Perhaps embarrassingly for Apple, the company's policies on social networking and blogging were leaked during the week, which ironically state how its employees should conduct themselves as to not leak data.
Apple's regulations include separate guidelines for social networking sites such as Facebook, Twitter, MySpace and LinkedIn. They cover confidentially, customer privacy and rumour commentary in depth; with distinct guidelines of conduct over email and media platforms.
In general, what employees do in their own time is their choice, but Apple states in its guides that:
"The lines between public and private, and personal and professional are blurred in online social networks. Respect your audience and your co-workers. This includes not only the obvious (no ethnic slurs, personal insults, obscenity, etc.) but also topics that may be considered offensive or inflammatory. In sum, use your best judgment."
Some interesting points include:
Employees may run their own websites, but are not permitted to discuss Apple on that website.
No speculating on rumours is allowed. This includes confirming or denying any information concerning new products, Apple regulations or services.
Blogs, wikis, social networks and other tools should not be used for communication among fellow employees. This regulation goes further in stating that differences shouldn't be aired online, co-workers should not be discussed without their permission, and any images relating to other staff members cannot be posted anywhere without their express permission.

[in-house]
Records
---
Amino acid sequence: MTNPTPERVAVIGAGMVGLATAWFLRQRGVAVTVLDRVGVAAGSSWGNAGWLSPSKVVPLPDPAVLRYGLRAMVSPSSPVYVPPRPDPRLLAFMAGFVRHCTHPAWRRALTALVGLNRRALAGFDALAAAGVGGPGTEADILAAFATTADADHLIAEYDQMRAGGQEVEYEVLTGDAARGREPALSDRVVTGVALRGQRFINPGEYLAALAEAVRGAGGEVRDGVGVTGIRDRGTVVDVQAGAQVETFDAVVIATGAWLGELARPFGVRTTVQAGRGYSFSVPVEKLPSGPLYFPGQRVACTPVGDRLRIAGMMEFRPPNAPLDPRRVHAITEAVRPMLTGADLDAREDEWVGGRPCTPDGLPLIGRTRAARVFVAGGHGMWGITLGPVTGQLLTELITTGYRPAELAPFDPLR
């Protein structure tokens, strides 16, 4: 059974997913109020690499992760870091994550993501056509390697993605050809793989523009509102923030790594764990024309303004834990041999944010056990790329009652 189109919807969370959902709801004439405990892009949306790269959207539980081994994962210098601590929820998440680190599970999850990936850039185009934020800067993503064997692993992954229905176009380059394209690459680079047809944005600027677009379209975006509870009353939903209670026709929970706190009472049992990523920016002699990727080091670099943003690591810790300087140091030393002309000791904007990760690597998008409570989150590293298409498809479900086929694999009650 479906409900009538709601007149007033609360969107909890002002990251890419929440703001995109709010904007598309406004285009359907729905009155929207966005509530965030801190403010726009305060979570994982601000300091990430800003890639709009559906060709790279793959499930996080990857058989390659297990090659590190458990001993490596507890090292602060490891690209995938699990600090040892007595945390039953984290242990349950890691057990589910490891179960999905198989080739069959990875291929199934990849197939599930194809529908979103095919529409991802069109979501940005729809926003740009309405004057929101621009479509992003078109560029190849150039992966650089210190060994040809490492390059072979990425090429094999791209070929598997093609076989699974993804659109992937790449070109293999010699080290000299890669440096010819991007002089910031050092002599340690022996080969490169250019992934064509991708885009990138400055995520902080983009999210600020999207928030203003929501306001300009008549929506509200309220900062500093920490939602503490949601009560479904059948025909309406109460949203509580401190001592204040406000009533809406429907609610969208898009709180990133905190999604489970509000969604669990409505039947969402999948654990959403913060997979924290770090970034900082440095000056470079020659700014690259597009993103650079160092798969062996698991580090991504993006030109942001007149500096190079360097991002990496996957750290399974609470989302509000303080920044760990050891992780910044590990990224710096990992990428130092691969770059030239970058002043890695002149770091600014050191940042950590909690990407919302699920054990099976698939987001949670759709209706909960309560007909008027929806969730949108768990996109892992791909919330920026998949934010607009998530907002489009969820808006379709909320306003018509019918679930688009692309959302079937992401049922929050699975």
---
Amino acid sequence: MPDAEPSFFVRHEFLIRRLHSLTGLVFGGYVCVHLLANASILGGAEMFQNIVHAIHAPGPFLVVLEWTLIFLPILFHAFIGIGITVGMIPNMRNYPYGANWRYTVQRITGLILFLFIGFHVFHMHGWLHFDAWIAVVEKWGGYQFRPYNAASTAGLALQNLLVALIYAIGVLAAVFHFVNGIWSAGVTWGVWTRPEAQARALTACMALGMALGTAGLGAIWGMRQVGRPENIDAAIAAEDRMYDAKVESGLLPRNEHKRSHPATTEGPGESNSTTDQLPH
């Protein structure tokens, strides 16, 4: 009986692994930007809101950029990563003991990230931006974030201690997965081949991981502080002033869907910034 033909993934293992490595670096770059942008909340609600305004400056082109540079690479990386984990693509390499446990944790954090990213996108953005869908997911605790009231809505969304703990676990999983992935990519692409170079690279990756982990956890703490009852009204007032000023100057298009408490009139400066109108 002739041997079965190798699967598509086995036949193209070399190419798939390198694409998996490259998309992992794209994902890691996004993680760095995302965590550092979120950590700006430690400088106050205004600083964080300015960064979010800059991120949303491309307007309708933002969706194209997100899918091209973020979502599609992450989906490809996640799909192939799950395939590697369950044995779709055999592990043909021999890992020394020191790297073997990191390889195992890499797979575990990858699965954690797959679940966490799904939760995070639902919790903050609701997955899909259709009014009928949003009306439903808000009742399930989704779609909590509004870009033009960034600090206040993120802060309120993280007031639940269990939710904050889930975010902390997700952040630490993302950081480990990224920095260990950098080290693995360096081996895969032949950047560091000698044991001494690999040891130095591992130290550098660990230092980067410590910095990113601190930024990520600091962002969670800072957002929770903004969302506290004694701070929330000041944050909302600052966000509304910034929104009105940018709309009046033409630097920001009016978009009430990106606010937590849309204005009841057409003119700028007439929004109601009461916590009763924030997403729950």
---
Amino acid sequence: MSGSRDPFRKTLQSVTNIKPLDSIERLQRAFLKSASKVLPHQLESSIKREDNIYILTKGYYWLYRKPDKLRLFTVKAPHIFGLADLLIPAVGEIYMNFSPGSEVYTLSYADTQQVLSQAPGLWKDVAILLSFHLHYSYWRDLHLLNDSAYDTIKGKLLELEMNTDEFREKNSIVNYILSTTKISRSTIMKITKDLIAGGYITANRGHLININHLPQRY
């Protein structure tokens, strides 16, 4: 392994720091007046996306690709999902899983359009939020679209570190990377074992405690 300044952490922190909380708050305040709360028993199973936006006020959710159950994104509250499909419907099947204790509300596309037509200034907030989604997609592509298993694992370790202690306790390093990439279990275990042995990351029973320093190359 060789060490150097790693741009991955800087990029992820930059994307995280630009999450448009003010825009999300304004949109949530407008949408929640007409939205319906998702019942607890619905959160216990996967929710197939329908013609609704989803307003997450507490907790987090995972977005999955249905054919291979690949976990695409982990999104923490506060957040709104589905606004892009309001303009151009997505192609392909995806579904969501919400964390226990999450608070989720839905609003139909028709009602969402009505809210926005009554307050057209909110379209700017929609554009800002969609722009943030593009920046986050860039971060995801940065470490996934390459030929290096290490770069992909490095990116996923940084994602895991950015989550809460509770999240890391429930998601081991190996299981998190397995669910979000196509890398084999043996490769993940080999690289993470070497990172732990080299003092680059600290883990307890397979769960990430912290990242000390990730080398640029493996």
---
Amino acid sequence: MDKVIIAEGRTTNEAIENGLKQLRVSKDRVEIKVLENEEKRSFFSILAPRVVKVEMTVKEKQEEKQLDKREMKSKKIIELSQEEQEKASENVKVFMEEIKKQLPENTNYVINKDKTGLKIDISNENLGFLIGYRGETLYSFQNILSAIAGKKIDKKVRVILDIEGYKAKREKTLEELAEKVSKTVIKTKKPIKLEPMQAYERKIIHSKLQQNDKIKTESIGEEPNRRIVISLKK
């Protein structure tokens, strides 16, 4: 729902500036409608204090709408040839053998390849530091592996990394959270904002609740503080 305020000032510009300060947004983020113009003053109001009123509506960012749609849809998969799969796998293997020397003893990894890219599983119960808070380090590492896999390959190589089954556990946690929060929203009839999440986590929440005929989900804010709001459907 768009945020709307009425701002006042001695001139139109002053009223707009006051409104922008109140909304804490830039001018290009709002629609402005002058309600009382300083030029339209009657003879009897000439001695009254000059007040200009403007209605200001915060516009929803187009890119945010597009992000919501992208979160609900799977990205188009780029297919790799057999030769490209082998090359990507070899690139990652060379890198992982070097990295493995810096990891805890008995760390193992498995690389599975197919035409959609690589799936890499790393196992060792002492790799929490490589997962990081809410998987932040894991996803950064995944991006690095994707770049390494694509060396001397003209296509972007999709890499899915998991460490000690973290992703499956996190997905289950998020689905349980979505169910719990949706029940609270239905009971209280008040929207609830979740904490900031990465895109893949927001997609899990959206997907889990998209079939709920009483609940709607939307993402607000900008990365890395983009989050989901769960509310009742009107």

Staff are not permitted to post messages or commentary on any Mac or Apple related websites; whether they identify themselves as Apple employees or not.
If you identify yourself as an Apple employee, you connect yourself with co-workers, products, and the global brand itself -- so conduct online needs to be consistent with Apple policies.
Apple's fullbusiness conduct policy applies to employees and any who do business with Apple retrospectively. Apple retains the right to discipline (up to termination of employment), or cut ties of any that do not comply with these regulations.
Customer privacy is viewed as a priority for Apple as a brand. Any information concerning customers is not to be discussed online in any circumstance. Apple employees are also not permitted to contact customers for social reasons or soliciting outside of business.
Taking a deeper look at these guidelines, Apple emphasises that 'public' and 'private' information are no longer separate in online social networks; clearly where the hapless employee was snagged during his tribunal.
Privacy settings continually change, and any information we post is viewable in some manner or another, it becomes public domain. In this manner, any written, evidential proof of employer or brand-bashing can be viewed as a means of breaking the business conduct policy.
The Cupertino-based company is incredibly protective of their brand, and has a global image to maintain. Any negative comments placed online by an employee could have serious consequences; an iProduct rumour being confirmed or denied could ruin a product debut.
It is unlikely a rant or two would cause deep damage to the Apple image, but without online restriction the brand could lose that sense of professionalism that inspires so many.